The DSD’s main role in relation to NPOs lay in administering the NPO Act, ensuring the registration and therefore creation of a database of capacitated NPOs. Most of the achievements so far were community development focused - included the developing of a policy framework for CDPs and the four community food banks. The development of the monitoring and evaluation system for home and community based care in the country was a milestone for the Department.
Ms Dorothy Snyman, Acting Chief Financial Officer, DSD, highlighted that the Department’s budget would grow from R86 billion in 2010 to R114 billion four years later. The major allocation related to the payment of grants. The average annual increase of the Department’s budget was 9.6% per year. She highlighted the various areas in which that budget would be spent. The spending pattern of the DSD in relation to previous years was close to 100%. She stressed that the figures now presented were unaudited figures. The major difference in the budget figures for 2011/12, when compared to those of 2010, related to the Department’s receipt of a once-off allocation of R20 million, which would be used for the Total Security Conference. She also highlighted a once-off allocation the Department had received in order to deal with the backlog in appeals, and the special allocation in order to run its national scholarship programme.
Mr W Faber (Western Cape DA) suggested that the manifesto was neither realistic nor workable. He suggested that the creation and maintaining of livelihoods under EPWP was not creating jobs, and he stressed a need for programmes that created sustainable jobs.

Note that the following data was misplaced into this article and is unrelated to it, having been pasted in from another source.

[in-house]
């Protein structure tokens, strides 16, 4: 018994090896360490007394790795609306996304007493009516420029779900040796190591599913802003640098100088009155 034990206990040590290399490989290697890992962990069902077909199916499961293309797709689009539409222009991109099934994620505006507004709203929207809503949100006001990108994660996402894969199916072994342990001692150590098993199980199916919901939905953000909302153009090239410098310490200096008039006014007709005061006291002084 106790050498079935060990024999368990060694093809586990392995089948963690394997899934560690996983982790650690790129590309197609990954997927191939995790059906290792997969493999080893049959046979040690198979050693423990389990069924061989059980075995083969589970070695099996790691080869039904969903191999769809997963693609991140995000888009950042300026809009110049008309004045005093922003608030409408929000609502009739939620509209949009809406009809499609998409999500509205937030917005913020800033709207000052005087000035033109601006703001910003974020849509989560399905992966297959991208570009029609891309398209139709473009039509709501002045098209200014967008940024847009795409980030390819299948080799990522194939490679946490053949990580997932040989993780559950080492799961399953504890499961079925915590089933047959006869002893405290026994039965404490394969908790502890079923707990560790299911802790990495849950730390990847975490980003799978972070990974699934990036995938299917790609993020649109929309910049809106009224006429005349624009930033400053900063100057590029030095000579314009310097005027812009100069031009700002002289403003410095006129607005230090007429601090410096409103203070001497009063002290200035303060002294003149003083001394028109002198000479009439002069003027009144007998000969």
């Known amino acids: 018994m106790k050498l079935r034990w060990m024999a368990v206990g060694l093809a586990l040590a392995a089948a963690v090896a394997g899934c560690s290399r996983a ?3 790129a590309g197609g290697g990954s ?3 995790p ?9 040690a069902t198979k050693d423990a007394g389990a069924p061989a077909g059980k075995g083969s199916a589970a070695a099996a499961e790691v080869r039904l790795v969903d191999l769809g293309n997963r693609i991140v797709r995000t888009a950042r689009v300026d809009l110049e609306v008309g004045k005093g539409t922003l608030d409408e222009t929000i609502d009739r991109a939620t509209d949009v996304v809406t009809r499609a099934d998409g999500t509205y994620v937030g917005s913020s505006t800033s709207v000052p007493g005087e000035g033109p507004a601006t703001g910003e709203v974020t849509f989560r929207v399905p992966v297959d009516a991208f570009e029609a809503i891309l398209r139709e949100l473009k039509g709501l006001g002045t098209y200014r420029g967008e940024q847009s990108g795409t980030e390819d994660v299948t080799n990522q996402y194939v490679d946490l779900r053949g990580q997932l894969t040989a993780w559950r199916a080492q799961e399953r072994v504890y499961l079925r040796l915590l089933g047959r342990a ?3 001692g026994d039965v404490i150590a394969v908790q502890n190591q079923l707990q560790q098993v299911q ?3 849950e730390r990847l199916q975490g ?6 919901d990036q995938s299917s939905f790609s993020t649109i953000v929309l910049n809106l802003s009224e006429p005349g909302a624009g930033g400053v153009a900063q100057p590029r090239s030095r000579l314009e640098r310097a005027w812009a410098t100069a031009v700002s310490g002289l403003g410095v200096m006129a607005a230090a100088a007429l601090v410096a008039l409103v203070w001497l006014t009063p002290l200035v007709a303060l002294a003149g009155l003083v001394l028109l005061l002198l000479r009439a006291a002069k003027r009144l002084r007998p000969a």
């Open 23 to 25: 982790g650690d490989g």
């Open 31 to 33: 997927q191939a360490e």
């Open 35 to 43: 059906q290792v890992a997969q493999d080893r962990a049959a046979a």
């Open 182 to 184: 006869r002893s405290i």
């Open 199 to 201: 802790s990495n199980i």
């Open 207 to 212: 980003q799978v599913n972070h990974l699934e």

Mr Faber asked whether there was a drug programme in place, at a national level, to fight against crime and corruption and drug abuse.
Mr Faber noted that it had been proven that commercial farming, and not following land reform and related policies, would secure food security.
Mr Faber stated that in regard to Health and HIV issues in particular, DSD seemed to be curing problems, not preventing them.
Mr Faber noted the lack of decent solutions for crippling social issues, such as lack of adoption programmes.
Mr Faber asked for an explanation of the difference between social workers under local government and CDPs and whether or not the existence of both was not a problem.
Mr Faber asked what the Department was doing to improve LoveLife.
Ms B Mncube (Gauteng, ANC) enquired as to how the system worked. She noted that there was a child currently being held in detention at Ventersdorp prison, who had refused bail, because this was the first time in his life that he had ever received three meals a day.
Ms Mncube asked why most of those wanting to start NGOs seemed to be concentrated in Gauteng and the Western Cape and not in rural areas, and enquired about the building of their capacity. She asked for the Department to define the provinces that are covered by specific programmes.
Mr S Plaatjie (North West, COPE) questioned how NGOs accounted to the Department and whether the Department was satisfied with there services? He also asked what the qualifying criteria for youth to become involved in programs such as the Cuban program? He asked the Chair for protection before stating that he was aware that the Department had a number of good programs but when it came time for these programs to be translated into action, he suggested that they were often used for political recruitment. He said he would make indication of which programs if the Chair would offer him protection
The Chairperson, clearly angered by his remark, suggested that it would be best if he withdrew his statement